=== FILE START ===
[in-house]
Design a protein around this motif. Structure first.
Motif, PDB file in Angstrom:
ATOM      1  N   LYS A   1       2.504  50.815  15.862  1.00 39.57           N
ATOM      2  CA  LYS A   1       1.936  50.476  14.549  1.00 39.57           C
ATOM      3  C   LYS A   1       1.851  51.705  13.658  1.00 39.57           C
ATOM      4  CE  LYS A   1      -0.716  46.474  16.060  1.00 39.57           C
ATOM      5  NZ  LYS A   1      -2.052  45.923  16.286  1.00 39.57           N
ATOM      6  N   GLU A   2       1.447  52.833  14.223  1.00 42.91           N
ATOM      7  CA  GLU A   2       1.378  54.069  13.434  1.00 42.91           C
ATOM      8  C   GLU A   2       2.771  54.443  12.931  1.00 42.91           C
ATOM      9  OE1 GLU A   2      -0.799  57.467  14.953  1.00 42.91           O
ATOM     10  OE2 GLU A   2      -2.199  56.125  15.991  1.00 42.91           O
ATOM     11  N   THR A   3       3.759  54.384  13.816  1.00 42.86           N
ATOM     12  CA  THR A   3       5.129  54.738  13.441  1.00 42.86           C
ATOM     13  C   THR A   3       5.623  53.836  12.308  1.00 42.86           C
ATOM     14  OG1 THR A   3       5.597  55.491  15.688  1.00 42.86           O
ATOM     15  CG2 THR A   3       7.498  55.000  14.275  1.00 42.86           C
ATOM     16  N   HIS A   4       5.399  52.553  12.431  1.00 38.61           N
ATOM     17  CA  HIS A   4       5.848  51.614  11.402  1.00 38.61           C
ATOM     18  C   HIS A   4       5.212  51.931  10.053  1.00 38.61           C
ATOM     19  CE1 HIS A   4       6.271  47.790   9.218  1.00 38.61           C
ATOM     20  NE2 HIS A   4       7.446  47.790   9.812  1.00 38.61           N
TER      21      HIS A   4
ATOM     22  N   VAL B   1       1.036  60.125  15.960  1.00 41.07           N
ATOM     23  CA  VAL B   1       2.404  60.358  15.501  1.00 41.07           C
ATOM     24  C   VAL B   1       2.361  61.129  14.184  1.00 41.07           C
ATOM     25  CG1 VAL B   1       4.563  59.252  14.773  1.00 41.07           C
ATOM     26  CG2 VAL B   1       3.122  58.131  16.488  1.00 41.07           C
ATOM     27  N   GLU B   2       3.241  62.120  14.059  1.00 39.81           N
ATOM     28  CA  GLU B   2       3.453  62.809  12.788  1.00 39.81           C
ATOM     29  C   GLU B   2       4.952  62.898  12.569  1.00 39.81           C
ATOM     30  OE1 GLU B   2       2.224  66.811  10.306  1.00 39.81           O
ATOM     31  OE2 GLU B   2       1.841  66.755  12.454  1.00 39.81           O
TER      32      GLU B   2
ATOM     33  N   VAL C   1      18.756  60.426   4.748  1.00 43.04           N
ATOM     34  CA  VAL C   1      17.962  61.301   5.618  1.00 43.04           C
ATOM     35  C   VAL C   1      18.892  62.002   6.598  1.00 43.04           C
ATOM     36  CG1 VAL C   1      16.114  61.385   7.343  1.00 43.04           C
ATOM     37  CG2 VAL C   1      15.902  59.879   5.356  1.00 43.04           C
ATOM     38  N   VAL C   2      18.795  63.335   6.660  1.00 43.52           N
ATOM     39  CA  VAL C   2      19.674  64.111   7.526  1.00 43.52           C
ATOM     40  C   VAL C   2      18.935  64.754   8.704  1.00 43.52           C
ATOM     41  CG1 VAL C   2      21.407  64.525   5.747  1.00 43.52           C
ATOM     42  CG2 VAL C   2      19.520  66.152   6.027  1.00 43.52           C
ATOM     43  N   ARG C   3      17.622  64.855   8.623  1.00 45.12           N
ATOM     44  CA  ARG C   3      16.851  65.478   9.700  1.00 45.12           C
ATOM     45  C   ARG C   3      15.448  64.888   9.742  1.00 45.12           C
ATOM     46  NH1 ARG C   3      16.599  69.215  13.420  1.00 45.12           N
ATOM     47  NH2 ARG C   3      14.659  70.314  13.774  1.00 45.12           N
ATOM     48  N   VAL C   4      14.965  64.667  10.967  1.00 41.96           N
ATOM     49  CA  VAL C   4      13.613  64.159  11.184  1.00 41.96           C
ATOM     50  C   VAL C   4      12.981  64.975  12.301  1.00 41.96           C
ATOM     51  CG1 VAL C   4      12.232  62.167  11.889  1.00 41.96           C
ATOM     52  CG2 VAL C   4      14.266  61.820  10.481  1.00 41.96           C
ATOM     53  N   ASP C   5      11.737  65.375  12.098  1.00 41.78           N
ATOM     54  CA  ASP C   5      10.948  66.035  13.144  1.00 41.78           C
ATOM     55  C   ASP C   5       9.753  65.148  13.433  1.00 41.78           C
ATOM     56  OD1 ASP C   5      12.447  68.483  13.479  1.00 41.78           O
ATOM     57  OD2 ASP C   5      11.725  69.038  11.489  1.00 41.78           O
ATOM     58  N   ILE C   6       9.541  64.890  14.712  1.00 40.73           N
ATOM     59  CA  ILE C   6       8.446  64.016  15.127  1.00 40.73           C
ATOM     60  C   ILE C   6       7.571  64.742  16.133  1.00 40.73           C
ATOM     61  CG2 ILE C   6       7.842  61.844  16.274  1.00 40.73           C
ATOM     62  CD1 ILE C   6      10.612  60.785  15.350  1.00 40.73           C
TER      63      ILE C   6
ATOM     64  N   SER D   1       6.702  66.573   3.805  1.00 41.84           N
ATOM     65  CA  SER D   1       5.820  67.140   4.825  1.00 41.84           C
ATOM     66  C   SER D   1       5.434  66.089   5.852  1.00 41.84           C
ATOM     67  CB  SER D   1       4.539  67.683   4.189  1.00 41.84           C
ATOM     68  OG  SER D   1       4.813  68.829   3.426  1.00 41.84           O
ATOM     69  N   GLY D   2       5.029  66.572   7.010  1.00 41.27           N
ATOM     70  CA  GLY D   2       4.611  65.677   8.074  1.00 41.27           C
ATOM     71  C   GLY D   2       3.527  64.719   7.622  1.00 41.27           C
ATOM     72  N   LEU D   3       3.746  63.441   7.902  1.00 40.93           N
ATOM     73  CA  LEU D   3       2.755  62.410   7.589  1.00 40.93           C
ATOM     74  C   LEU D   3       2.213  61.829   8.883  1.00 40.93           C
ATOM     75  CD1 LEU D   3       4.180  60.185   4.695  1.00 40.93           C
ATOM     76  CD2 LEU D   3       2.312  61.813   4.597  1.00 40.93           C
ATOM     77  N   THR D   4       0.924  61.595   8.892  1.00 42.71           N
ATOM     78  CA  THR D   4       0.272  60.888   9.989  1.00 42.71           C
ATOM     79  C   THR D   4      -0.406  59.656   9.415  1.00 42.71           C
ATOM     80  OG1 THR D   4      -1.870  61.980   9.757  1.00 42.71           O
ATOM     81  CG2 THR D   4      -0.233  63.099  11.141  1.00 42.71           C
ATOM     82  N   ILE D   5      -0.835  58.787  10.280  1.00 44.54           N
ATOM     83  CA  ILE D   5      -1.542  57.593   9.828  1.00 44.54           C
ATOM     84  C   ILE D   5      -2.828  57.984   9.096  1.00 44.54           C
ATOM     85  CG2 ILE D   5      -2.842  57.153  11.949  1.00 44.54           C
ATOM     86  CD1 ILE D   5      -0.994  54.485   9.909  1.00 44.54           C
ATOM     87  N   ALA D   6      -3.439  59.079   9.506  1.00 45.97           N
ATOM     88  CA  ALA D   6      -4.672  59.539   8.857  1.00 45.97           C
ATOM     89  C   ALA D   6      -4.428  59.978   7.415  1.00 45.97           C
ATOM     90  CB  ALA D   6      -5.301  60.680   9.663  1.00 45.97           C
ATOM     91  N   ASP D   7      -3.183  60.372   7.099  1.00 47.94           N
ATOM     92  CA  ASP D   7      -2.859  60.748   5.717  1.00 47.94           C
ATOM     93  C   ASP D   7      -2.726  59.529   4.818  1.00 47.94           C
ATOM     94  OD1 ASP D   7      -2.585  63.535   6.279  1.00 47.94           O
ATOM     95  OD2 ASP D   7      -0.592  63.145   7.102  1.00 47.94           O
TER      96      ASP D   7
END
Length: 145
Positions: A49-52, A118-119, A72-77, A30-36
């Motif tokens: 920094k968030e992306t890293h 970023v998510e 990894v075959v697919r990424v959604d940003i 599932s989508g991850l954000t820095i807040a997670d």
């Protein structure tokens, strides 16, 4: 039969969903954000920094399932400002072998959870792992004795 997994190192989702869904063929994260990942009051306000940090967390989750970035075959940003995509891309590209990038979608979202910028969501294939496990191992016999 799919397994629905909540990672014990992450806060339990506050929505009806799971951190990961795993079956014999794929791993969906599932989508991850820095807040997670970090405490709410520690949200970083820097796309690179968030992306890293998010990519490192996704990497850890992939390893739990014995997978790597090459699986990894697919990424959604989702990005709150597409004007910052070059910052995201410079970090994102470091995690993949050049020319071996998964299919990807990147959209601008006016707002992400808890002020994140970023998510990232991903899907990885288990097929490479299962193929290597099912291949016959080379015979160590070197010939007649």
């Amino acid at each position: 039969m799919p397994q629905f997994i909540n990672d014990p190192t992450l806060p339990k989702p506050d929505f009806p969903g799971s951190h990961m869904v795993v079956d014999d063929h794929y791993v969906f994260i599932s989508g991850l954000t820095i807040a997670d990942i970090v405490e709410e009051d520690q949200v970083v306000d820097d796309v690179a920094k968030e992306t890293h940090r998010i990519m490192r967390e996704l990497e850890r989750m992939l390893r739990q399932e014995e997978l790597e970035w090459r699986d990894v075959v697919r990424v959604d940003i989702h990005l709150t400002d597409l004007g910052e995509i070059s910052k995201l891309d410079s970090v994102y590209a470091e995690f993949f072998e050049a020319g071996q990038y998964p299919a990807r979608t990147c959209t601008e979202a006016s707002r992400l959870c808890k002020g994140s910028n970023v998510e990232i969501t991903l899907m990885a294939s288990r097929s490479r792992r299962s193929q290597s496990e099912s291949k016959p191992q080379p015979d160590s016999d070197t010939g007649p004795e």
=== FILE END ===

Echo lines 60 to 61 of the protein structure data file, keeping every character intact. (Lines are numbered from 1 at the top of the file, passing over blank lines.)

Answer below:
ATOM     57  OD2 ASP C   5      11.725  69.038  11.489  1.00 41.78           O
ATOM     58  N   ILE C   6       9.541  64.890  14.712  1.00 40.73           N